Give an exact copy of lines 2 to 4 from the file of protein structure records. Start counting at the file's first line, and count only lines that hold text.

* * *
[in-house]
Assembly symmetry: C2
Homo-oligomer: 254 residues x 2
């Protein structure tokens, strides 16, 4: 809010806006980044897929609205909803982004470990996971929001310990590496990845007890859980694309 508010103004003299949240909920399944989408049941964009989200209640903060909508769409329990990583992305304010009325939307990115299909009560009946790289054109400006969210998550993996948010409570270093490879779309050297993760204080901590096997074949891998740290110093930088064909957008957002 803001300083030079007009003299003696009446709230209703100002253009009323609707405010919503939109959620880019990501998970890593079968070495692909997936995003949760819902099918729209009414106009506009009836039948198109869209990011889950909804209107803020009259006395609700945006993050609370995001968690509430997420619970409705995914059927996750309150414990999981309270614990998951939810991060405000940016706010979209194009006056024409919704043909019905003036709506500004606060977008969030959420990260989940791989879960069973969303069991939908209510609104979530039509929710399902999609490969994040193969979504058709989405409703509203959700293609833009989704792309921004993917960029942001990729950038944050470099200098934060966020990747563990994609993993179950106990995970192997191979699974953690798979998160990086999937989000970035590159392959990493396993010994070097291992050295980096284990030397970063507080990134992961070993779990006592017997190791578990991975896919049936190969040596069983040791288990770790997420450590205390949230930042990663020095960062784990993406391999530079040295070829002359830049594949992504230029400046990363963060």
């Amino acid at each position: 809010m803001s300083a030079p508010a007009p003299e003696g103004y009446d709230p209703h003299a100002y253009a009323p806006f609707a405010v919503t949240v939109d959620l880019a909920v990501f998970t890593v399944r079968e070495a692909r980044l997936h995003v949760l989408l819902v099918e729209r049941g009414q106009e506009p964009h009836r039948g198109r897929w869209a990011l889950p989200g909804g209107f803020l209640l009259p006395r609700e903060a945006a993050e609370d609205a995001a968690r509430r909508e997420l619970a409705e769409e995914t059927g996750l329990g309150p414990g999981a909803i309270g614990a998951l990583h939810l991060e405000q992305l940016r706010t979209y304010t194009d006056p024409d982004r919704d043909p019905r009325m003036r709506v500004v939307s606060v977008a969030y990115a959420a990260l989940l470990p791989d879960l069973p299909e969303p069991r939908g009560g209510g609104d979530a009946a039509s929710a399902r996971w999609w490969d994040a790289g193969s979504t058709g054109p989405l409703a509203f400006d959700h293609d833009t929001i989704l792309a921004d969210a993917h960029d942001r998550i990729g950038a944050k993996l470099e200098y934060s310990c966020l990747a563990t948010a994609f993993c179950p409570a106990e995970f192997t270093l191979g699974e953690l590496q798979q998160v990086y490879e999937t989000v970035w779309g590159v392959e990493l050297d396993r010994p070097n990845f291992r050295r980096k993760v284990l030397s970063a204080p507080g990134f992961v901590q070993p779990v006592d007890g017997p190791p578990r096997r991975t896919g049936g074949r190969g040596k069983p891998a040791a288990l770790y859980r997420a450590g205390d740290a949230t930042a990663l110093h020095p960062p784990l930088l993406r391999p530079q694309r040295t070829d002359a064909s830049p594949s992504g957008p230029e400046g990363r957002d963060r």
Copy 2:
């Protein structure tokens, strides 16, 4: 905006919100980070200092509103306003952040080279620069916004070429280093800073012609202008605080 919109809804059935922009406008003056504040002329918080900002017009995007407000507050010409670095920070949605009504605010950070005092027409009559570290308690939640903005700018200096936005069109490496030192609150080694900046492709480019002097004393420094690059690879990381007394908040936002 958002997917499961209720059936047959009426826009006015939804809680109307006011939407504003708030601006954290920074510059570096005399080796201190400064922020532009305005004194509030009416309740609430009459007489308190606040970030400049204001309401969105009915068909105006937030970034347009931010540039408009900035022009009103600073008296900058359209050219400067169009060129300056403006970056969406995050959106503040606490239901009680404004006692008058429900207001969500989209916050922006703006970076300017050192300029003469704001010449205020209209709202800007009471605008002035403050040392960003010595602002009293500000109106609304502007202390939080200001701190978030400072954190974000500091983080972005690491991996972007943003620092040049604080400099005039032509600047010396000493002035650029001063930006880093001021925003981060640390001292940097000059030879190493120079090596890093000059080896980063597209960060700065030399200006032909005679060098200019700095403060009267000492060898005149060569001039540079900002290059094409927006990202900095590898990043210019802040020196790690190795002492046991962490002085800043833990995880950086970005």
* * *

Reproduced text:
Assembly symmetry: C2
Homo-oligomer: 254 residues x 2
């Protein structure tokens, strides 16, 4: 809010806006980044897929609205909803982004470990996971929001310990590496990845007890859980694309 508010103004003299949240909920399944989408049941964009989200209640903060909508769409329990990583992305304010009325939307990115299909009560009946790289054109400006969210998550993996948010409570270093490879779309050297993760204080901590096997074949891998740290110093930088064909957008957002 803001300083030079007009003299003696009446709230209703100002253009009323609707405010919503939109959620880019990501998970890593079968070495692909997936995003949760819902099918729209009414106009506009009836039948198109869209990011889950909804209107803020009259006395609700945006993050609370995001968690509430997420619970409705995914059927996750309150414990999981309270614990998951939810991060405000940016706010979209194009006056024409919704043909019905003036709506500004606060977008969030959420990260989940791989879960069973969303069991939908209510609104979530039509929710399902999609490969994040193969979504058709989405409703509203959700293609833009989704792309921004993917960029942001990729950038944050470099200098934060966020990747563990994609993993179950106990995970192997191979699974953690798979998160990086999937989000970035590159392959990493396993010994070097291992050295980096284990030397970063507080990134992961070993779990006592017997190791578990991975896919049936190969040596069983040791288990770790997420450590205390949230930042990663020095960062784990993406391999530079040295070829002359830049594949992504230029400046990363963060």